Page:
The situations in question are absolutely artificial. It only applies if your target bankroll B is very little different from A, you only have a small number of hands to reach it, and you don't care if you end up with A or broken. Like you have $1,000 and need $1,010 by tomorrow to pay your gambling debts lest you be shot. But even then panhandling and petty theft seem like better options.
I have been in that situation many times, for example when playing with a casino bonus. Suppose I deposit $100 for $100 bonus, starting with a bankroll of $200 and my target is $1000, after which I would grind out the wagering requirement with small bets. Suppose I first run my balance to $900 on video poker, which is still $100 below my target balance. At this point I might bet $100 on Black on roulette, and if I lose, then bet $200, and then $400. This way I would reach the target as efficiently as possible and would end up paying the minimum house edge as possible (by avoiding zero). If I bust, half of the money I risked was bonus funds anyway :)
Maybe I'm missing something here, but it sounds like you are only getting 9/10's of your winnings, so if the 'game' is fair is not totally relevant. If you plop down, say, $1000 on one spin of red or black, with no 0 or 00, you either win $900 or lose $1000. So if you are on the good side of variance you win .9x, if you are on the bad side you lose x.
The commission is only taken when you withdraw so you can play 0%-house edge games infinitely long with no expected loss if you wish. Therefore you should only withdraw rarely.
Also, you can think the 10% commission as an entrance fee to a casino where every single game has 0% house edge and where you can play as long as you like with even odds after having paid the entrance fee. For most gamblers this would be much cheaper than to pay house edge from every bet, which can sneakily accummulate to huge amounts.
In fact it would be an interesting concept to have a B&M casino where every game runs precisely at 100% return but you would need to pay, say $50, for entry.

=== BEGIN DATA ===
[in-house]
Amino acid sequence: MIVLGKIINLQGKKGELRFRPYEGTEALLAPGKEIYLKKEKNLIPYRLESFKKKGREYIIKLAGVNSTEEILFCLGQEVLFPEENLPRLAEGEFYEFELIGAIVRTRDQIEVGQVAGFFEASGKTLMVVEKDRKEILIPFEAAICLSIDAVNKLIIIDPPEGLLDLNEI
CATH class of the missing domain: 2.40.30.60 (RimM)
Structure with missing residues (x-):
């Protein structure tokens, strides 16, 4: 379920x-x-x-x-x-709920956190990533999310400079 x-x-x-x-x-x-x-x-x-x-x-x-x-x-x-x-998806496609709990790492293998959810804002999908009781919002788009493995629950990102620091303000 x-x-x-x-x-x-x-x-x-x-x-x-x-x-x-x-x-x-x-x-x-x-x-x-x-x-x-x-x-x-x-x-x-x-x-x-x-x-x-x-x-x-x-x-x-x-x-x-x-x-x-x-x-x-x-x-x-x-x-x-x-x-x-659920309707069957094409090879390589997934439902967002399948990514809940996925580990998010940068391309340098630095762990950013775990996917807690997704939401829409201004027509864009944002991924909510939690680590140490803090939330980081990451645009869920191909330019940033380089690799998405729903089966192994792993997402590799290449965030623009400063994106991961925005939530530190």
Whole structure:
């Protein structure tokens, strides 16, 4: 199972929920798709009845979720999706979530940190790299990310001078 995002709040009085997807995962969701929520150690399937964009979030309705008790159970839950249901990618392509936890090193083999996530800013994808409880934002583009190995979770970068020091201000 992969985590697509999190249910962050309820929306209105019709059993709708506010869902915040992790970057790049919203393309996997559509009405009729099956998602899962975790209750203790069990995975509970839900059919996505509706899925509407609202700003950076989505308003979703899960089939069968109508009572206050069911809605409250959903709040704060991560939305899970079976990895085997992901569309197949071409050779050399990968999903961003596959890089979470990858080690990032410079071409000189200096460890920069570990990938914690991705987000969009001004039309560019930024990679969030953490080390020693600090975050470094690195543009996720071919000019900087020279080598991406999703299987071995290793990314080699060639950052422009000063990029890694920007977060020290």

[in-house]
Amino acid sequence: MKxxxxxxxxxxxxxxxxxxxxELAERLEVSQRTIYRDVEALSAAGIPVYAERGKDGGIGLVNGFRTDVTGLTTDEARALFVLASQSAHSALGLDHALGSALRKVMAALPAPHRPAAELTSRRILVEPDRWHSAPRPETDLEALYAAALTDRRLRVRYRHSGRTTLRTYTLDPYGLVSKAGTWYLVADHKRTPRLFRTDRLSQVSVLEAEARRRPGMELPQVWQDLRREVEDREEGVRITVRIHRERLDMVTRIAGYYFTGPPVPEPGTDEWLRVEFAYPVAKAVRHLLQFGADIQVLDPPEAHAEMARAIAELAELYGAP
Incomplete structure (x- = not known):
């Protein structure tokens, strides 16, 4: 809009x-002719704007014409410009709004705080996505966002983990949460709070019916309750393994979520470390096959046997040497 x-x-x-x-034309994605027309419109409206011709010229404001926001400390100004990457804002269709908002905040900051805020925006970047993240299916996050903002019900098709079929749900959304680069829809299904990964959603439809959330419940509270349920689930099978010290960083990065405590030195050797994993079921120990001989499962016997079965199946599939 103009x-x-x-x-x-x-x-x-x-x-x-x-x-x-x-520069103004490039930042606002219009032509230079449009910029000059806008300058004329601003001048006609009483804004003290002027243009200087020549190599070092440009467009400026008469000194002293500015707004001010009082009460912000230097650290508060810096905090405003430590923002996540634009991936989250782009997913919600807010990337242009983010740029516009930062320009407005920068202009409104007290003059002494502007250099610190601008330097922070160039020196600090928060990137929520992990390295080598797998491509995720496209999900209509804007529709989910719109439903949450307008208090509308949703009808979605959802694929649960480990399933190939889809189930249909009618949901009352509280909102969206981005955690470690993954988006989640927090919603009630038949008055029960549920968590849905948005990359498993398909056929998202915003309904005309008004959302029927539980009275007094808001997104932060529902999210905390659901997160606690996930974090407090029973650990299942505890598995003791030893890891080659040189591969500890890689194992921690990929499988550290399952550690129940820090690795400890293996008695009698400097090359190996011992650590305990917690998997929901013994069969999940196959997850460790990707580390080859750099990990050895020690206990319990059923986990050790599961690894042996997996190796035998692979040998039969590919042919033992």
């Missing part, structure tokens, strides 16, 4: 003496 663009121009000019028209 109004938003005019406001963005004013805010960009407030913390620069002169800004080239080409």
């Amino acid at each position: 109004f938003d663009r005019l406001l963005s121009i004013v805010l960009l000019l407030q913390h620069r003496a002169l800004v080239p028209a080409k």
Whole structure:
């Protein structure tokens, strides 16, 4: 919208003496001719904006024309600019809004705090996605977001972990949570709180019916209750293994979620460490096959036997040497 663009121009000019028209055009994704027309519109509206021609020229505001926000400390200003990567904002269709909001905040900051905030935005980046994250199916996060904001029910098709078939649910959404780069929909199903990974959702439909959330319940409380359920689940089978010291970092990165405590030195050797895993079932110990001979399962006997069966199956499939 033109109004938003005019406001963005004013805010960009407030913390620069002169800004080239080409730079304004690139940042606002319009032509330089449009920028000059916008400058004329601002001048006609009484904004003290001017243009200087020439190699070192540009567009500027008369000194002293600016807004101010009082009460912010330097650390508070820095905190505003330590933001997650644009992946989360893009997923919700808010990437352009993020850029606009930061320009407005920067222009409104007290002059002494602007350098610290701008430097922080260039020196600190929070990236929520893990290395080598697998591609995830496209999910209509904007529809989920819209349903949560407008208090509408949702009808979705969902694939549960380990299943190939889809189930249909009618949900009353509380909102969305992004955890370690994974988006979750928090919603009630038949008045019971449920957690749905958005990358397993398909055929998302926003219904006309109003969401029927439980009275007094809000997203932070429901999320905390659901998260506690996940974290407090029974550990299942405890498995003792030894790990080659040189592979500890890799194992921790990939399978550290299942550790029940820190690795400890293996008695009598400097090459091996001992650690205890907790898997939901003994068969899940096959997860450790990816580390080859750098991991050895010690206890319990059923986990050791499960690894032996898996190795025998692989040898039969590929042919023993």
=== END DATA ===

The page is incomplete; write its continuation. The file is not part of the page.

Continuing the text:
In American Blackjack advantage of the player 0.085, if I understand correctly. With 10% commission advantage of the player - 0,075. No?Quote: Jufo81
Those are the 0% House edge versions and you will have to pay 10% commission on all net winnings on them (when you cashout), therefore I recommend playing the standard versions with the smallest house edges.
American Blackjack has higher house edge than Doublet Blackjack, therefore A-K spades pays more on it to make the game 0% house edge.
In American Blackjack advantage of the player 0.085, if I understand correctly. With 10% commission advantage of the player - 0,075. No?
I didn't get the same numbers as you:
I plugged the American Blackjack rules into the Blackjack house edge calculator: http://www.beatingbonuses.com/houseedge.htm
I got a house edge of 0.263% for that game.
The probability for A-K Spades is: 12/312*6/311 = 1/1348. The payout of 4:1 increases the return by
2.5 * 1/1348 = 0.1855%
So the overall payout of the Zero house edge game is: 99.923%. This is close enough to zero house edge to be advertised as such but it is actually very slightly below it.
Not so slightly, truth being told. This is in line with some of Macau brick and mortar casino rates. And before the later decades, it used to be the norm altogether.
They do actually mention that zero house edge includes a +/- 0.1% error margin
so any game with 99.9% - 100.1% return would be classified as zero house edge.